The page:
Other researchers have proposed a more complex model of the media representation of epidemics. Sociologist Sheldon Ungar (1998, 2008), in studies of the media coverage of the Ebola and bird flu epidemics, has proposed that media coverage of “emerging diseases” is typically characterized by three phases: in the first, it sounds the alarm about a grave potential threat to global public health. In the second, messages of alarm and reassurance are mixed. In the third, messages of “containment” tend to predominate, calming the public in order to ensure that the crisis can be managed and panic avoided (see also Joffe & Haaroff, 2002). In the cases analyzed by Ungar (1998, 2008), containment is achieved centrally by externalizing the danger; the threat is associated with the “other”, with populations that are projected as distant from the receiver of the message. Consistent with this perspective, Sánchez Maldonado, Terrón Blanco and Lozano Rendón (2016) have found that the coverage of HIV/AIDS in Mexican newspapers used alarming language primarily in stories on foreign countries. Ungar does not emphasize differences between media and scientific cultures or media “distortion”, but suggests a consistency of journalistic and biomedical professional discourses in the trajectory from alarm to the containment phase.

This article presents the results of a content analysis of the coverage of the A (H1N1) pandemic in newspapers from three countries: the United States, Argentina and Venezuela. In the case of the United States, the research team carried out a broader study, including qualitative analysis of television and online coverage, interviews with journalists and public health officials, and an ethnography of “pandemic preparedness” exercises. We include some elements of that research to provide illustrations and to allow a more complete interpretation of the results.

The United States was one of the first countries in which a large number of cases of the virus emerged, while in Argentina the first cases appeared about a month later, and in Venezuela few cases before the month of June. The three countries also differ in their political context and the structure of the media system. Venezuela and Argentina were characterized in this period by a high level of political polarization between pro-government and opposition media. The United States was characterized by more limited polarization during the H1N1 epidemic. In this sense, the selection of cases (countries) makes it possible to explore whether these dimensions affect the coverage of the pandemic, the degree of politicization of the media, as well as the incidence of the virus at the national level.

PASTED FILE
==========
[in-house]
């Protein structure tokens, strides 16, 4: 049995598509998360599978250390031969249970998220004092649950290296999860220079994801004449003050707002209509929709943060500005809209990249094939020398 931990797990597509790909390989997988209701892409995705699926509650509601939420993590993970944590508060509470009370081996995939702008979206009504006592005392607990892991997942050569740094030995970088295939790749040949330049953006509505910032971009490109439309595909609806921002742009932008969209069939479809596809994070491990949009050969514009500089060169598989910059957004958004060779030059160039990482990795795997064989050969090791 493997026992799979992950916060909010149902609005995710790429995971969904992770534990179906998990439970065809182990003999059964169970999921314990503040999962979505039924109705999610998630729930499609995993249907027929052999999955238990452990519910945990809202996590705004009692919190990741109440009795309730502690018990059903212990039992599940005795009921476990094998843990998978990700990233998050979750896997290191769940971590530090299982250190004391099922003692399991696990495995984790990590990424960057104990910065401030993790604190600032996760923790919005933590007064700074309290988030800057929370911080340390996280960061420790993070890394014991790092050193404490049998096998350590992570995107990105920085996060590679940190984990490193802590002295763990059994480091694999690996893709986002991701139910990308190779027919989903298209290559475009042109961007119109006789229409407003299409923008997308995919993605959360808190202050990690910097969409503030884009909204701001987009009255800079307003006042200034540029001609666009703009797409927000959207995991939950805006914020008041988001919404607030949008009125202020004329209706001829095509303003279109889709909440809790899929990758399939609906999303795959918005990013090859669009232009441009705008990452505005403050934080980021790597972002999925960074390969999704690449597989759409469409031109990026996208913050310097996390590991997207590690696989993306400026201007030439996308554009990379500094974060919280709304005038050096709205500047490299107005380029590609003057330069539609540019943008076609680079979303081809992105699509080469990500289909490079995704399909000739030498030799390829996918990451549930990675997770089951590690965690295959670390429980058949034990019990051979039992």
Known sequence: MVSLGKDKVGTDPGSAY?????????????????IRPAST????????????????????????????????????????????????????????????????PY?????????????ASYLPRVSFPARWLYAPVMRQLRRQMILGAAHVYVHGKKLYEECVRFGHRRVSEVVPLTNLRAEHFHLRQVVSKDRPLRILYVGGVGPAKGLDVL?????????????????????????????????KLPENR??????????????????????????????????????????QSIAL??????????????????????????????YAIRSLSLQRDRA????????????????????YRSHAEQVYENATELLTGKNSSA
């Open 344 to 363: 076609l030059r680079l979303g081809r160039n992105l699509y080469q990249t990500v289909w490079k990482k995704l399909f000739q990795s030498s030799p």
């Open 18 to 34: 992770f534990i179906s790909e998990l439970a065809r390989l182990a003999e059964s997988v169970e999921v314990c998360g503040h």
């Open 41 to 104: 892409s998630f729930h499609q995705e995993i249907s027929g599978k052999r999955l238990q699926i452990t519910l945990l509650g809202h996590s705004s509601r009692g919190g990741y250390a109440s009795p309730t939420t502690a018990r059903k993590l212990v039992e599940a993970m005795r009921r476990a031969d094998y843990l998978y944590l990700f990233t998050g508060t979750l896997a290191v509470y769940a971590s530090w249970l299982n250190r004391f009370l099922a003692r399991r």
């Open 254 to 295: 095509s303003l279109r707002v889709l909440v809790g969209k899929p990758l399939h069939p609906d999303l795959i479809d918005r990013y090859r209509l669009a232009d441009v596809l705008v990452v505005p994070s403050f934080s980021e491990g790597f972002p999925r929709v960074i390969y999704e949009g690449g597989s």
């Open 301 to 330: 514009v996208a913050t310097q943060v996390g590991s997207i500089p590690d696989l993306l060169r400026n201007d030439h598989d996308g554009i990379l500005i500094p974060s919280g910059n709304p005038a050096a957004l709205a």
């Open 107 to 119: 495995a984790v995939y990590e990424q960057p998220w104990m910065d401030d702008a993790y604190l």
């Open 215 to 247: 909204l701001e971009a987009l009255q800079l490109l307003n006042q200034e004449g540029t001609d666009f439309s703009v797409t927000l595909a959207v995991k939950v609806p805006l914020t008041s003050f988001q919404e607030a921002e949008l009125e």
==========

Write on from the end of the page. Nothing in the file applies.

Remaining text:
The study is focused on four questions:

  1. What was the relation among the phases of alarm and containment in the coverage of H1N1?

  2. How can we characterize the interaction between the media and public health authorities during the pandemic? Did they manifest contrasting cultures or communication practices, or collaborative or similar ones?

  3. What actors and points of view dominated the public representation of the epidemic in the media?

  4. What is the effect of political polarization on the representation of the epidemic? Did the local political context affect the relation between public health authorities and the media?


Fourteen newspapers were analyzed, 5 from the United States, 5 from Argentina and 4 from Venezuela. This sample included influential print media with large circulations and made it possible to compare tabloids and “quality” newspapers, as well as regional and national newspapers. In the case of Argentina and Venezuela, media were chosen to include those with editorial lines both favorable to the government and those with more critical or oppositional positions. The samples for each country are the following:

  • Argentina: Clarín (national, #1 in circulation, opposition); La Nación (national, #2, conservative); Página 12 (national, aligned with the government); La Voz del Interior (leading regional daily, opposition); and Río Negro (regional).

  • United States: USA Today (national, # 2 in circulation); The New York Times (national, #3); the San Diego Union-Tribune (regional, #26); the Atlanta Journal-Constitution (regional #36); and New York Post (local tabloid, #6).

  • Venezuela: Últimas Noticias (national tabloid, no political alignment); El Nacional (national, opposition); Diario VEA (national, pro-government); and El Carabobeño (regional, opposition).

All articles on the H1N1 virus were identified in a search, and then 50 articles were selected randomly for each newspaper in the United States and Venezuela, and 100 for each in Argentina (given the large number of articles on H1N1 published in that country). We used the quota sampling technique in order to have enough cases to compare newspapers, as some newspapers published more articles than others. The New York Post and Atlanta Journal-Constitution published slightly fewer than 50 articles.

All articles published from April through July, 2009, were analyzed. Initially, open coding was used to identify emerging themes, and an iterative, interactive process was used to reach consensus on dominant themes and synthesize higher-order constructions. The qualitative analysis guided the selection of variables for quantitative coding. We developed a common coding scheme for the three countries, translated from Spanish to English and then back-translated. The variables were the following: